ZER0 wrote:I really don't see the hype behind JJJ, he looks like a journeyman roleplayer to me. In a draft that is top heavy with superstar potential, i just don't see the top 5 hype. I would most definitely want Bagley over him.
I've heard multiple draft guys say he has the best defensive instincts of anyone they have scouted since Anthony Davis. He's a natural shot blocker who can also switch onto guards. Advanced stats love him with a 10 DBPM compared to 4 for Ayton and 3 for Bagley.
Offensively he's still a work in progress but he shot nearly 80% from the FT line which is a good indicator and he shot around 40% from 3 in college on a decent volume. So basically he's a 3 and D Center.
Some of the reason his counting stats don't jump off the page is MSU played 4 bigs in their rotation and had other guys like Bridges that took on more of the offensive role.
Another thing about JJJ is that Mich St doesn't always play freshmen a ton of minutes as Izzo usually gives his upper class men a lot of minutes. Draymond Green averaged 11 minutes as a freshman with 3 pts and 3 rebounds.
I don't understand the journeyman thing for the youngest guy of the top prospects who had the best defensive instincts and #s in college this year. I guess I can buy role player if that's what people consider defensive anchors who can shoot the 3.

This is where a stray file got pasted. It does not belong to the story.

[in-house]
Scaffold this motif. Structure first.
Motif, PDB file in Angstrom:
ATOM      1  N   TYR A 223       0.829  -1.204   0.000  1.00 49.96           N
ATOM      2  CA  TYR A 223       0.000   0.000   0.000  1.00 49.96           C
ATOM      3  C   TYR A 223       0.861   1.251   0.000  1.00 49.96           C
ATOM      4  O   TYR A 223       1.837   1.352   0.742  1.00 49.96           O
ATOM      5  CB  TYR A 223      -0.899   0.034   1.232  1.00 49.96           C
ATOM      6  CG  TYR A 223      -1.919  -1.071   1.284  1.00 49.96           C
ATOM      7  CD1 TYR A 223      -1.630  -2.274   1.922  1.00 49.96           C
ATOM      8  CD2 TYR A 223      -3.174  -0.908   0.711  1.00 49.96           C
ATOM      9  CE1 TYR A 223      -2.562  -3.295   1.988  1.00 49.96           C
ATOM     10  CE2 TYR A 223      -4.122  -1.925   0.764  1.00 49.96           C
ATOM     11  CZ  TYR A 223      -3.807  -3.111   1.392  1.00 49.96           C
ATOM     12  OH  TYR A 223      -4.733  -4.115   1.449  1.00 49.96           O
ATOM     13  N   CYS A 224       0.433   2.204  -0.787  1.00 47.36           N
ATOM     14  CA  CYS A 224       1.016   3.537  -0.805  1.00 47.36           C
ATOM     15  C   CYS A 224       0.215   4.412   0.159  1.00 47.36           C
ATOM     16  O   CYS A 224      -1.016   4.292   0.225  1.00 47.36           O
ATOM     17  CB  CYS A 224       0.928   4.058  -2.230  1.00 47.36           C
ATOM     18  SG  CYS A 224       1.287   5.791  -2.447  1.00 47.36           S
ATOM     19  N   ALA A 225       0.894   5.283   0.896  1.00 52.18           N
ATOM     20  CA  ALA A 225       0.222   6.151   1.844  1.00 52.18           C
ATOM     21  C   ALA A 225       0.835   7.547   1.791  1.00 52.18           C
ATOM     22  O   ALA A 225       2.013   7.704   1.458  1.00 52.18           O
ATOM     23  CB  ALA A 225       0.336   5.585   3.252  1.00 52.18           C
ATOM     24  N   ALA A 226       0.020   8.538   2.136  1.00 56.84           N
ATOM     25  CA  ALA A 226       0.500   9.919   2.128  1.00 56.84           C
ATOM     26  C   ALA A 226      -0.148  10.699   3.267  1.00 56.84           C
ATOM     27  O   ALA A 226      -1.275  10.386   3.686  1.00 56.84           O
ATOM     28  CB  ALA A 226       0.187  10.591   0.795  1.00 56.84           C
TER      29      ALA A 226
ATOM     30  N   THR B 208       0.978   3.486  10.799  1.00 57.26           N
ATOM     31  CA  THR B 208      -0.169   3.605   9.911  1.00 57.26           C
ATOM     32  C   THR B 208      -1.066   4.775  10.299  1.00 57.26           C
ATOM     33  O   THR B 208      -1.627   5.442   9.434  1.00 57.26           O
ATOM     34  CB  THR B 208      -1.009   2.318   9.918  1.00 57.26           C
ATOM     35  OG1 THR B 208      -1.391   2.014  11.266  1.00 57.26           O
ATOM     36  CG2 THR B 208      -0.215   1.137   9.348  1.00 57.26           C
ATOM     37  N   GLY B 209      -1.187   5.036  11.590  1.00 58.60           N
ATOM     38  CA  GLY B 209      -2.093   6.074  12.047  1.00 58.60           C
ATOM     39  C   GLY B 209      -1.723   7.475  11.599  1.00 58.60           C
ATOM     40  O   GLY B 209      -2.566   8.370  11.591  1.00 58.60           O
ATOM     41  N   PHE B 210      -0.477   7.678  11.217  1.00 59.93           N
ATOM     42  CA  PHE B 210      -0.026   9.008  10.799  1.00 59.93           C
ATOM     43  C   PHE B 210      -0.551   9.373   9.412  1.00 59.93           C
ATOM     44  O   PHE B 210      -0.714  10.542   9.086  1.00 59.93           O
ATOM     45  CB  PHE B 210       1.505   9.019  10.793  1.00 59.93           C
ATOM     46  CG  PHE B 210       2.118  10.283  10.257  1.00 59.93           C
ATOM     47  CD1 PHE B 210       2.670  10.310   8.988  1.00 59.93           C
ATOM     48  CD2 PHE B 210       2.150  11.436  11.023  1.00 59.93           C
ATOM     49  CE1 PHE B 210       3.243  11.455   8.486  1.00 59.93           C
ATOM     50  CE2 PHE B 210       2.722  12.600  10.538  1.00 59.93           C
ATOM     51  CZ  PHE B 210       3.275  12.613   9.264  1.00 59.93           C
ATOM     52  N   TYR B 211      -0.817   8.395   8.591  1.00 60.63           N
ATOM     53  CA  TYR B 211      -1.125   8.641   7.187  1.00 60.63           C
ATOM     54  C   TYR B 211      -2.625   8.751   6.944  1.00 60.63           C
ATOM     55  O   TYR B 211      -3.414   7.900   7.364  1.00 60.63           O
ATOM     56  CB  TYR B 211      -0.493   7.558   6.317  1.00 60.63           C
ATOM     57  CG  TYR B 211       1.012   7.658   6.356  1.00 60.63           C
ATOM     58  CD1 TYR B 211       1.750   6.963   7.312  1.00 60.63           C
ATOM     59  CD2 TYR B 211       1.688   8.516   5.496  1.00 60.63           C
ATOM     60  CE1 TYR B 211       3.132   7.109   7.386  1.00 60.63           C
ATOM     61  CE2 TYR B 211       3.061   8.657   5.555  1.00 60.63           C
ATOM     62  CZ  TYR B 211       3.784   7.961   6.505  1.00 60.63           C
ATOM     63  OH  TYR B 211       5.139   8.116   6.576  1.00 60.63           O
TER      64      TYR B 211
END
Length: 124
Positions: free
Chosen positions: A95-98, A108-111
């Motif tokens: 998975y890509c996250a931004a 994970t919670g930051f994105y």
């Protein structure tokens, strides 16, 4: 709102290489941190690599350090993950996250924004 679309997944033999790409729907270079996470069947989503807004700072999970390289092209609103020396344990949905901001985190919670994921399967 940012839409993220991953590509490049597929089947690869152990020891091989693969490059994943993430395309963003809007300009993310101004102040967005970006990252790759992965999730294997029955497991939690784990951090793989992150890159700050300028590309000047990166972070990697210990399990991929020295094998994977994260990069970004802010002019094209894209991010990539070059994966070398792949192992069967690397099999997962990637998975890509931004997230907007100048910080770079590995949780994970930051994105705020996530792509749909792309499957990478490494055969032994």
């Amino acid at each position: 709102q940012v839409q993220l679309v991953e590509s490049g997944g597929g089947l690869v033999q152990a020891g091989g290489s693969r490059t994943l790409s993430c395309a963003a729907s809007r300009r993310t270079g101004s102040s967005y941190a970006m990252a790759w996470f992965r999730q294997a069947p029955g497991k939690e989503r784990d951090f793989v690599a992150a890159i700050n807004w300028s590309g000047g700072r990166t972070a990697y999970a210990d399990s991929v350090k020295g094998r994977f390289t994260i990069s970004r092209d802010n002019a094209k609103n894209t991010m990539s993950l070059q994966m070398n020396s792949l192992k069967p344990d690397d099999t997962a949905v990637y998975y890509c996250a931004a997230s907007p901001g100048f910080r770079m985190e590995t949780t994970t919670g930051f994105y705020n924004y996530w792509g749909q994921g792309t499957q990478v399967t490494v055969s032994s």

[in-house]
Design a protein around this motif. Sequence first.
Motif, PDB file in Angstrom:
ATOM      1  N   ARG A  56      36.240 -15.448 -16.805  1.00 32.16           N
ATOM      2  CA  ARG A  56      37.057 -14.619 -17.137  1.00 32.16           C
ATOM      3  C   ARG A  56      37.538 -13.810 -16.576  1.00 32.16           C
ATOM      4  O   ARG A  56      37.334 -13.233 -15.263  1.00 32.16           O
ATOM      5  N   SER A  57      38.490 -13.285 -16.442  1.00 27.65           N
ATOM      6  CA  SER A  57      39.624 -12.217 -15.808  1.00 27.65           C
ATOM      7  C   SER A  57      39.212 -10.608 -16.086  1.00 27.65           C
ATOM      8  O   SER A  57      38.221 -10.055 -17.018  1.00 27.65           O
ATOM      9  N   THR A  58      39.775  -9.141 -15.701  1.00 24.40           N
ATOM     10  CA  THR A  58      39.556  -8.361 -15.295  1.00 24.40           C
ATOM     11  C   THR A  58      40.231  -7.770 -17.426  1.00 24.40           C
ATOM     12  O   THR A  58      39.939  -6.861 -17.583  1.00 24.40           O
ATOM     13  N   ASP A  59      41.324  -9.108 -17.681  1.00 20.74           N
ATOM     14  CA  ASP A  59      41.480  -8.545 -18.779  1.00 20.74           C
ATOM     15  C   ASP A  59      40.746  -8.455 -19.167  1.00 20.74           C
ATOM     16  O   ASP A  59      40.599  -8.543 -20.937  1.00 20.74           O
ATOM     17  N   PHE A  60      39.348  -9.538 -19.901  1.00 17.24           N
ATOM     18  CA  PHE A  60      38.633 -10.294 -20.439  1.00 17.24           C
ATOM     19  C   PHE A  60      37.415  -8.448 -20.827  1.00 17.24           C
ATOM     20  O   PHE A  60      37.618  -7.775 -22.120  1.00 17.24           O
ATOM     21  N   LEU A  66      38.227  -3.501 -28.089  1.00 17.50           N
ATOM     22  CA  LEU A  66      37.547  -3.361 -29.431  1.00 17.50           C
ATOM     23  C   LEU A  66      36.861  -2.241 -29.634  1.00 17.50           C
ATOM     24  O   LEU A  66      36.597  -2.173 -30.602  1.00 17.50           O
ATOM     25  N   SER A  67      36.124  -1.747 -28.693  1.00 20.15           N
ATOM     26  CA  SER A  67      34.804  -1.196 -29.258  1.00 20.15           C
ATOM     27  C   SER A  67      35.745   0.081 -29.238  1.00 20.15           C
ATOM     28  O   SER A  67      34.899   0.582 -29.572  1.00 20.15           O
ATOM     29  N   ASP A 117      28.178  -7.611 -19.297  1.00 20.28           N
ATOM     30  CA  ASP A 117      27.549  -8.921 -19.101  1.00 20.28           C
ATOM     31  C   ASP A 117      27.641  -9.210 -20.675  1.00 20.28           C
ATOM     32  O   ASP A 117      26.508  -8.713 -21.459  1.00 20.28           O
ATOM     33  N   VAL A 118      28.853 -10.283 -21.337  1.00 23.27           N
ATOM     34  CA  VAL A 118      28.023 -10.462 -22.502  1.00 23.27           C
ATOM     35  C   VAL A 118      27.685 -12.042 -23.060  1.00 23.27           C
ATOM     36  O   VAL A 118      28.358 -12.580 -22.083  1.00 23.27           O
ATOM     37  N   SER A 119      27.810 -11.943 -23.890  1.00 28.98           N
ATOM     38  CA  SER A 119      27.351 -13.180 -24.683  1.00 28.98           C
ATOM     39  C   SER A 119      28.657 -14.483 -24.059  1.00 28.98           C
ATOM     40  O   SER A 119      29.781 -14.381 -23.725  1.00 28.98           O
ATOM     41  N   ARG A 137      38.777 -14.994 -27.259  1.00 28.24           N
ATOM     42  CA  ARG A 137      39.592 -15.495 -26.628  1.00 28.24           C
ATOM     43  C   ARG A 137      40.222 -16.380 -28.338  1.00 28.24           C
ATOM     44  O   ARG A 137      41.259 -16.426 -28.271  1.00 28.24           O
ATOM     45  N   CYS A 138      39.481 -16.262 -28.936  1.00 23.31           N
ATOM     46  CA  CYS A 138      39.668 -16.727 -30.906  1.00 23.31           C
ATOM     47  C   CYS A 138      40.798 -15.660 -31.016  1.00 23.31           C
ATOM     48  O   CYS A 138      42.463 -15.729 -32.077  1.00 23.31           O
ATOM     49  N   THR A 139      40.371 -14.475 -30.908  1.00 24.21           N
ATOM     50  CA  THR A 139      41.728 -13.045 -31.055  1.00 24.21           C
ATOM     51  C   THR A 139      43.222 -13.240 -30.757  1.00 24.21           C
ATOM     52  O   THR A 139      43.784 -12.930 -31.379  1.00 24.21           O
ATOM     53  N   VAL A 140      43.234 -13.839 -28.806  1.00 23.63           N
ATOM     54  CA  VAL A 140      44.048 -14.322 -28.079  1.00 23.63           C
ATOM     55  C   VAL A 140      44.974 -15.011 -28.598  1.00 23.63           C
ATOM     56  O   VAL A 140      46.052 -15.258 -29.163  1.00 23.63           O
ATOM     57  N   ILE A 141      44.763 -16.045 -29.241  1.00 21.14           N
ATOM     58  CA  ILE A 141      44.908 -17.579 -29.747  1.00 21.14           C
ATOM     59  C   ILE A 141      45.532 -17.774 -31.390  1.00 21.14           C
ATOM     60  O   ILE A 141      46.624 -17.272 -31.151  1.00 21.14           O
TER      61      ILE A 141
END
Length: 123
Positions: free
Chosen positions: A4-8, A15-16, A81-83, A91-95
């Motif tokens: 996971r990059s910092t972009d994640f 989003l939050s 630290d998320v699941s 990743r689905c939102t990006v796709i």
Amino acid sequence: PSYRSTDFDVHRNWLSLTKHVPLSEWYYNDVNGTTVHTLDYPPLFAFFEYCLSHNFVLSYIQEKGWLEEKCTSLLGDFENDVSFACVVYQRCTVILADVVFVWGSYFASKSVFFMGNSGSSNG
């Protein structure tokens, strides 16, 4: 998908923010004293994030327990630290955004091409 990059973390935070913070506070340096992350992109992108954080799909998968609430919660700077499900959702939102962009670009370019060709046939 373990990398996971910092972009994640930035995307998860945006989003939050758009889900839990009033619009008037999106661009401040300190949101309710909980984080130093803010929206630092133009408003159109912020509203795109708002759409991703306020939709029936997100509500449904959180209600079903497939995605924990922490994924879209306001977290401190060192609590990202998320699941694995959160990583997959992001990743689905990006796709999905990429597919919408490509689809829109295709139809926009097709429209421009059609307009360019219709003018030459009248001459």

But part of the reason I have him around top 5 is most of the prospects have flaws or play positions we are set at. I guy like Bagley is so limited at what he can do. It's made a guy like Faried who has a strong motor and is a solid rebounder and came in a solid finisher. Now Bagley should be better and is taller/longer, but is still kind of a tweener without great length.
Faried's college DX write up:
Record breaking forward Kenneth Faried is not the most skilled player on this list, but his situational breakdown is indicative of the fact that he may be the hardest working. Shooting a third ranked 61.2% in half court situations, Faried was a dominant figure in the OVC, and showed well against top competition too. He earned a top-ranked 23% of his possessions on the offensive glass, converting 70.2% of the put-backs (2nd).
Despite his relentless hustle, Faried actually saw the majority of his touches in one-on-one situations in the post (40%). Shooting 52.4% in those situations (4th), Faried's aggressiveness and toughness made him an imposing offensive presence at the college level despite his lack of advanced scoring-moves. Faried's best asset is his finishing ability. He scored 1.484 points per-possession at the basket last season an incredible mark and the best among big men. Faried isn't much of a jump shooter at this point, but it is hard not to be impressed with the way his motor and athleticism manifest themselves in the paint on paper.
- Source: http://www.draftexpress.com/profile/Kenneth-Faried-5325/